The right to vote for felons continues to be in the news. I knew nothing about the issue until Virginia Governor Terry McAuliffe announced that his administration would restore felon’s voting rights. Now California is getting into the act.
Governor McAuliffe first issued an executive order in April that would restore voting rights to more than 200,000 people who have served their sentences and completed their parole or probation. The Virginia Supreme Court ruled that the Governor could not restore felons’ voting rights in such a large group. The ruling by the court did not stop the Governor. He announced that “his administration would process applications for 13,000 felons so that they might vote in November.”
Governor McAuliffe wants to restore the rights of felons who have paid the price for breaking the law. They have served their sentences and completed parole and/or probation. “These individuals are gainfully employed. They send their children and their grandchildren to our schools. They shop in our grocery stores and they pay taxes. And I am not content to condemn them for eternity as inferior second-class citizens.”
The Governor’s statement makes sense to me. They broke the law, were caught, and paid the price for their crime. Why should they continue to be punished?
The case in California makes little sense to me. Governor Brown has a bill before him that would “allow tens of thousands of incarcerated felons to vote, while continuing to deny the vote to others.” The 50,000 felons affected by this bill are incarcerated in county jails; the felons who would not be able to vote are serving their sentences in prisons. Californians seem to have a problem deciding exactly what “imprisoned” means in their state constitution.
Fred Lucas at The Daily Signal discusses the California situation. “If the bill becomes law, it would create an odd circumstance in which inmates out of prison on parole are prohibited from voting, but felons behind bars in county jails could vote, said Cory Salzillo, legislative director for the California State Sheriffs’ Association, which represents 58 county sheriffs.
“`We think that it’s appropriate to keep felons from voting while they are incarcerated,’ Salzillo told The Daily Signal in a phone interview. `Our notion is that it’s a consequence of being incarcerated. Society has said for a certain period of time you are precluded from participating in certain aspects of civic life.’”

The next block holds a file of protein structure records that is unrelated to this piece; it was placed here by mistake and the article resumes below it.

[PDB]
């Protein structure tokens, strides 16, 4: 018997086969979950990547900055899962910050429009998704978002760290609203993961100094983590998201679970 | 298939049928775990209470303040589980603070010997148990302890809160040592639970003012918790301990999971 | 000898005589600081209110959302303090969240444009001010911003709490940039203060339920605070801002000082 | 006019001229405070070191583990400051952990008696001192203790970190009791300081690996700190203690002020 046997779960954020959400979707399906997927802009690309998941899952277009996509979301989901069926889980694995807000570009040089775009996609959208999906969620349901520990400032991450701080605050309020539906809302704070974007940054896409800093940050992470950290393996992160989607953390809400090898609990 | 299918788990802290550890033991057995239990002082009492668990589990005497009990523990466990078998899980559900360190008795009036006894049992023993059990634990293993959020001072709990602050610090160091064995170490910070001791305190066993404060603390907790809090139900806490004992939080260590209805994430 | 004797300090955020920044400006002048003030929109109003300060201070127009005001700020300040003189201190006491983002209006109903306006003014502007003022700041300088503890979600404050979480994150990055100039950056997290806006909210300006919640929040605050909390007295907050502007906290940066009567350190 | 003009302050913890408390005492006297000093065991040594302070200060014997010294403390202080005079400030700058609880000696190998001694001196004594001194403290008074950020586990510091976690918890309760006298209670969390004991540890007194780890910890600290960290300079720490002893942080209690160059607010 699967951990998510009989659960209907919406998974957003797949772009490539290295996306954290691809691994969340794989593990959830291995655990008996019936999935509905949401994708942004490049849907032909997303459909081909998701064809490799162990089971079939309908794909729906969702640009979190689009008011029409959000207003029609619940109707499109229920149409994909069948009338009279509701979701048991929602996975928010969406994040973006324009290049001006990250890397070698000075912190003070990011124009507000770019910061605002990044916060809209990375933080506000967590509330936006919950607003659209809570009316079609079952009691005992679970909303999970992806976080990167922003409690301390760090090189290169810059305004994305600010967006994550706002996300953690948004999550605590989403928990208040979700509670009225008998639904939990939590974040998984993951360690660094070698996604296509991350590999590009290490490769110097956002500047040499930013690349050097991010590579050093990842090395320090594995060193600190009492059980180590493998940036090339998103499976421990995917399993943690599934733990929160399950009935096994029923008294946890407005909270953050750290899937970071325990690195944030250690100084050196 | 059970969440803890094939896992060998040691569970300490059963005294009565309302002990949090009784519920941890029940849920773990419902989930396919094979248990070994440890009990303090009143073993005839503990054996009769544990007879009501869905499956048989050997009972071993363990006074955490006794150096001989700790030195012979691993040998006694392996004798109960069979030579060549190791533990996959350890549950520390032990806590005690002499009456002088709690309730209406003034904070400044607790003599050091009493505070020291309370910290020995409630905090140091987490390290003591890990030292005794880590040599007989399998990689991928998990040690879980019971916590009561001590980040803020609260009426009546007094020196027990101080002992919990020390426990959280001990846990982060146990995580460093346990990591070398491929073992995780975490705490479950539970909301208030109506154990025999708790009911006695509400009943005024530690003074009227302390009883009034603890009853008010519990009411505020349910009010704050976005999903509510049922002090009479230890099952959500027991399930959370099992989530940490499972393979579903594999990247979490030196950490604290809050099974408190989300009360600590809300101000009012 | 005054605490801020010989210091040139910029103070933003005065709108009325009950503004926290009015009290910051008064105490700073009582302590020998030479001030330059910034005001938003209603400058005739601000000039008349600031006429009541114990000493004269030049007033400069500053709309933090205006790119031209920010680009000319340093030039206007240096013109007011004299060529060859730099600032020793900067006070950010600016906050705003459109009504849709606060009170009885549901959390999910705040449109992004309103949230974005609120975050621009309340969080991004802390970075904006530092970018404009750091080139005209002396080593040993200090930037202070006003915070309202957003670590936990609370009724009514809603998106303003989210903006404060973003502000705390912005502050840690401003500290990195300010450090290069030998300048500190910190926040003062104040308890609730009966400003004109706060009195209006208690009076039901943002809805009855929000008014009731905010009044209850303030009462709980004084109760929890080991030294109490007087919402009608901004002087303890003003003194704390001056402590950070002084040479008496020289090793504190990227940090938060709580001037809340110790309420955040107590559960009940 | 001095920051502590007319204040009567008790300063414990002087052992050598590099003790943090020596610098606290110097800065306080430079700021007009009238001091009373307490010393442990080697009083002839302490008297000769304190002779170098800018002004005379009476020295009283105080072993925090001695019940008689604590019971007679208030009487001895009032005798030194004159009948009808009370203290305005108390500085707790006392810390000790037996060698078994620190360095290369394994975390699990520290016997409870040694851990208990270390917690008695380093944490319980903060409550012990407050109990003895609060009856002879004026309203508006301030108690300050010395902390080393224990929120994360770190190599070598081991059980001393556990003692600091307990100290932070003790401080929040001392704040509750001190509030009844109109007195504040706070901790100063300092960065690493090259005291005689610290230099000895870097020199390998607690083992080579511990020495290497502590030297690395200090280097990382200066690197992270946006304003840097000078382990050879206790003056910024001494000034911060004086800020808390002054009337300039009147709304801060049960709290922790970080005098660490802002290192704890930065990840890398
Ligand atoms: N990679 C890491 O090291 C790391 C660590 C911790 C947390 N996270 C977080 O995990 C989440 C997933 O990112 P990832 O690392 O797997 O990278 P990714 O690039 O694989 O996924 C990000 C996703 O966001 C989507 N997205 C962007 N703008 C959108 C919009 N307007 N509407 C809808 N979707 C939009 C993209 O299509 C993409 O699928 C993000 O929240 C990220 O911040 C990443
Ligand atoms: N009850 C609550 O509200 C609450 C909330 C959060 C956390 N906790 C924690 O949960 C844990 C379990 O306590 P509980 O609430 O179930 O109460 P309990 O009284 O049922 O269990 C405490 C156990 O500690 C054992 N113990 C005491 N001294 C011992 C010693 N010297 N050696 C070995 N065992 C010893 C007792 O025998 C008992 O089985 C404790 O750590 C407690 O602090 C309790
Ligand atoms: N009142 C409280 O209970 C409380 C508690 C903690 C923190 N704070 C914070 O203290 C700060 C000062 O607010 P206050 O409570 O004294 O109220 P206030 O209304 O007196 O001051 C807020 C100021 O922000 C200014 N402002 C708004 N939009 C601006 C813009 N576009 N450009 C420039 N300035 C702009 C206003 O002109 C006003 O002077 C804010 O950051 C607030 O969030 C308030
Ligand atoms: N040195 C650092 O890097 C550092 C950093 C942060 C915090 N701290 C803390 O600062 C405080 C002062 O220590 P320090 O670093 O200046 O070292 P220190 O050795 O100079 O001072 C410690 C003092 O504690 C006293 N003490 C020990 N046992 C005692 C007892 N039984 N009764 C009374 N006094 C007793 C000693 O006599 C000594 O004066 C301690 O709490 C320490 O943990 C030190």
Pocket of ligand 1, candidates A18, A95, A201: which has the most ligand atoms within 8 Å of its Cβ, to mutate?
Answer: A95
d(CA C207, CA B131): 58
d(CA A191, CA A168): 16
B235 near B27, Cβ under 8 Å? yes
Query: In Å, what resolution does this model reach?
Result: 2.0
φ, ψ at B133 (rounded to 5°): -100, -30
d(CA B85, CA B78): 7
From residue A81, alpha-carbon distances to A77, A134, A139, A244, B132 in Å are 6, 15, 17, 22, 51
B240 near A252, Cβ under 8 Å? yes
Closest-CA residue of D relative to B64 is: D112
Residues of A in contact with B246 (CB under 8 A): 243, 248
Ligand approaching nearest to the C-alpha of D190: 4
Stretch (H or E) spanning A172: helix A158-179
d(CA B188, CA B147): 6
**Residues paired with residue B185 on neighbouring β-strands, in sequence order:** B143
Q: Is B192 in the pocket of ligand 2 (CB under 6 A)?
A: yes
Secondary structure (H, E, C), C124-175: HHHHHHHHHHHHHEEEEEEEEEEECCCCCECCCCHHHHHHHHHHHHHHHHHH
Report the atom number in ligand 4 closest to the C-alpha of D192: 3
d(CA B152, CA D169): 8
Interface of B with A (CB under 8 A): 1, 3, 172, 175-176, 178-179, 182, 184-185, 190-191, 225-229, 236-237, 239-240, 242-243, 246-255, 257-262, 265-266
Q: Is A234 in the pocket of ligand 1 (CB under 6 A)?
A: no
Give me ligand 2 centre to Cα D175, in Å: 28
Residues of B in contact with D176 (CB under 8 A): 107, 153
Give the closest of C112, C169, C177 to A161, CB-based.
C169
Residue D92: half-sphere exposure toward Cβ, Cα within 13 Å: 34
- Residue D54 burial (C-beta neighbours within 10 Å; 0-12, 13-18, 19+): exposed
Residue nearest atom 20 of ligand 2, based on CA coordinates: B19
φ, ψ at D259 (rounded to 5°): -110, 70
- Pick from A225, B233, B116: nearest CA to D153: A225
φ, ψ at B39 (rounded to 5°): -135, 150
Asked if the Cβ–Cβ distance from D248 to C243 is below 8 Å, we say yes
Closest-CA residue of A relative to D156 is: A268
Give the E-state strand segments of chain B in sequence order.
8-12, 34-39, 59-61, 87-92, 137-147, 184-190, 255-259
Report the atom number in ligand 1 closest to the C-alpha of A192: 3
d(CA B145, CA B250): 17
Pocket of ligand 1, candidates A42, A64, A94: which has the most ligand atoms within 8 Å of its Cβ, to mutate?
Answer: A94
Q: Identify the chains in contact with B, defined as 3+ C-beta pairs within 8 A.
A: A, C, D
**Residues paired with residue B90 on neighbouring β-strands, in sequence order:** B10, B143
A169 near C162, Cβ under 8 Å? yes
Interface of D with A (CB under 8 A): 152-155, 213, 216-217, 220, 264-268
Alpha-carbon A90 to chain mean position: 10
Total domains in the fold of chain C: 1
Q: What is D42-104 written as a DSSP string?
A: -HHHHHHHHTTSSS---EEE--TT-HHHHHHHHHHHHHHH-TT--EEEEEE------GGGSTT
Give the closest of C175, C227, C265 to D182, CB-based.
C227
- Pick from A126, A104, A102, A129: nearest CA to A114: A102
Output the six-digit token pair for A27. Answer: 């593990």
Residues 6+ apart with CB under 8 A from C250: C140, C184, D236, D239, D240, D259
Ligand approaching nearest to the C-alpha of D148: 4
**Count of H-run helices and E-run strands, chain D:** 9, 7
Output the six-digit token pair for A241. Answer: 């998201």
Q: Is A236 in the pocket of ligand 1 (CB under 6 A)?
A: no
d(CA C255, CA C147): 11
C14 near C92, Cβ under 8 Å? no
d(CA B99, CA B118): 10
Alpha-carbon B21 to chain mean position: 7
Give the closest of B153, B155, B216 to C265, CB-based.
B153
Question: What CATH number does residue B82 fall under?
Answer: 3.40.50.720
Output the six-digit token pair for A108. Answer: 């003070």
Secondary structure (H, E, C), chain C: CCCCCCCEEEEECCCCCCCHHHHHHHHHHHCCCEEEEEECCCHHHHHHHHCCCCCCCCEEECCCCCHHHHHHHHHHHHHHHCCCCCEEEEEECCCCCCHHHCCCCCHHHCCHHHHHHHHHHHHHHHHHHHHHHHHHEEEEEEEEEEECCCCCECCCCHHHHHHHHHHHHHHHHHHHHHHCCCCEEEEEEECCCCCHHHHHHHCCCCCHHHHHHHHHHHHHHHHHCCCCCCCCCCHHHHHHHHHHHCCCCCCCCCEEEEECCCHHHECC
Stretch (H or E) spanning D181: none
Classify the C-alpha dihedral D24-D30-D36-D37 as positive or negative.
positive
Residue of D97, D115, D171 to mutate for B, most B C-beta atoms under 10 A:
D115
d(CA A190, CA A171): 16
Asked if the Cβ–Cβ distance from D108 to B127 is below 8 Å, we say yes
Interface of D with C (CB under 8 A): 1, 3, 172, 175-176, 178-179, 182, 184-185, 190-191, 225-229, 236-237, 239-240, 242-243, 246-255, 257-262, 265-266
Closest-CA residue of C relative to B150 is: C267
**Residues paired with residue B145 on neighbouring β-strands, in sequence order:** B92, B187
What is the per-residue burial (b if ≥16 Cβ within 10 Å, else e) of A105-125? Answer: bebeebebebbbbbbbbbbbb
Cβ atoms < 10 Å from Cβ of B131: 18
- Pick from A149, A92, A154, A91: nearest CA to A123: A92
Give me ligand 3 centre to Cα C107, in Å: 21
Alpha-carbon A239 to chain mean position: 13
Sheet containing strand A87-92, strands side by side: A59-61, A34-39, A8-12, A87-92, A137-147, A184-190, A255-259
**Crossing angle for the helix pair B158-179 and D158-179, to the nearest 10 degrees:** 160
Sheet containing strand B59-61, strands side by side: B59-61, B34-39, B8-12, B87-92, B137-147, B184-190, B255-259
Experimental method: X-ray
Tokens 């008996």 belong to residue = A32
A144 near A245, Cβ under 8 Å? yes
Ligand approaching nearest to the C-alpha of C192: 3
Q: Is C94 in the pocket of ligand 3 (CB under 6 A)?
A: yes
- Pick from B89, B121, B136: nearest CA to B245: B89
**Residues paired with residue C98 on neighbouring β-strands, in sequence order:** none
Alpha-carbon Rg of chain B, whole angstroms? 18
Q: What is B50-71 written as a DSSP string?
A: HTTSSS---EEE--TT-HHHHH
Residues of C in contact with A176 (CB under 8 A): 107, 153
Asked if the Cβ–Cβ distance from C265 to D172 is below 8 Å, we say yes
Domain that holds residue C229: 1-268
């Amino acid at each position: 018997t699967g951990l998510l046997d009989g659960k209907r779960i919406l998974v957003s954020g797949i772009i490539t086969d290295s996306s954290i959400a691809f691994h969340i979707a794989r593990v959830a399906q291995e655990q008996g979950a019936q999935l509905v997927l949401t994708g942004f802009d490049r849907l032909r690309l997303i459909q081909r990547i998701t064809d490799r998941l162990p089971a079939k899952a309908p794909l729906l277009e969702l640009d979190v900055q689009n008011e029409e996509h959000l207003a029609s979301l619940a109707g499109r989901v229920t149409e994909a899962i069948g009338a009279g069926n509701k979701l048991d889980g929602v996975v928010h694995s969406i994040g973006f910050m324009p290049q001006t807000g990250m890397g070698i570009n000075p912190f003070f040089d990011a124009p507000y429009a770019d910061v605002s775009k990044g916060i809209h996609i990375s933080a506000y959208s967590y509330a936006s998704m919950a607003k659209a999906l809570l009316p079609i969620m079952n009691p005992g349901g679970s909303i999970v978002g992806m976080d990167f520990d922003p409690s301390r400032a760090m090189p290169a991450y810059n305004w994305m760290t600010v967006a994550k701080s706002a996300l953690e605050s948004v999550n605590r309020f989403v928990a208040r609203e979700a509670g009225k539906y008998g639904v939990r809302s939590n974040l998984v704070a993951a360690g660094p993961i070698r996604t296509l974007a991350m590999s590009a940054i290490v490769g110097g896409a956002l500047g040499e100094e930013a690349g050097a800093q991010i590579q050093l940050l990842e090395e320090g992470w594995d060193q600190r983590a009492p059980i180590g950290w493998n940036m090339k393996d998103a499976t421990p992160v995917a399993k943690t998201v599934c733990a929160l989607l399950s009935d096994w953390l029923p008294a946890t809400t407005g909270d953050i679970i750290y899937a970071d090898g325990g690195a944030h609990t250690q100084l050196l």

I did a little more research on the issue and discovered that disenfranchisement has been around since ancient Greece and Rome. This site states that “A condition called `civil death’ in Europe involved the forfeiture of property, the loss of the right to appear in court, and a prohibition on entering into contracts, as well as the loss of voting rights. Civil death was brought to America by English colonists, but most aspects of it were eventually abolished, leaving only felon disenfranchisement intact in some parts of modern America.”
Apparently, the decision about who has the right to vote is a states’ rights issue. In Maine and Vermont, felons never lose the right to vote. Felons in the District of Columbia and 13 states lose the right to vote only while incarcerated with right automatically restored upon release. Felons in 29 other states lose the right to vote while incarcerated, on parole, or on probation with automatic restoration when completed. Felons in nine states have to wait for their voting rights to be restored by governor or court actions. Some of those nine states fall in other categories but have special conditions that must be met.
I can see from the above site that felon voting rights continue to change in different states, but I believe California has taken a big jump. When they are kept in county jails or state prisons, felons who are incarcerated have not paid their debt to society; therefore, they have given up the civic right to vote until they have repaid the debt. Even though felons tend to vote liberal, I do not believe in keeping them as second-class citizens. Once they have completed the punishments dictated by the courts, felons should have their voting rights restored.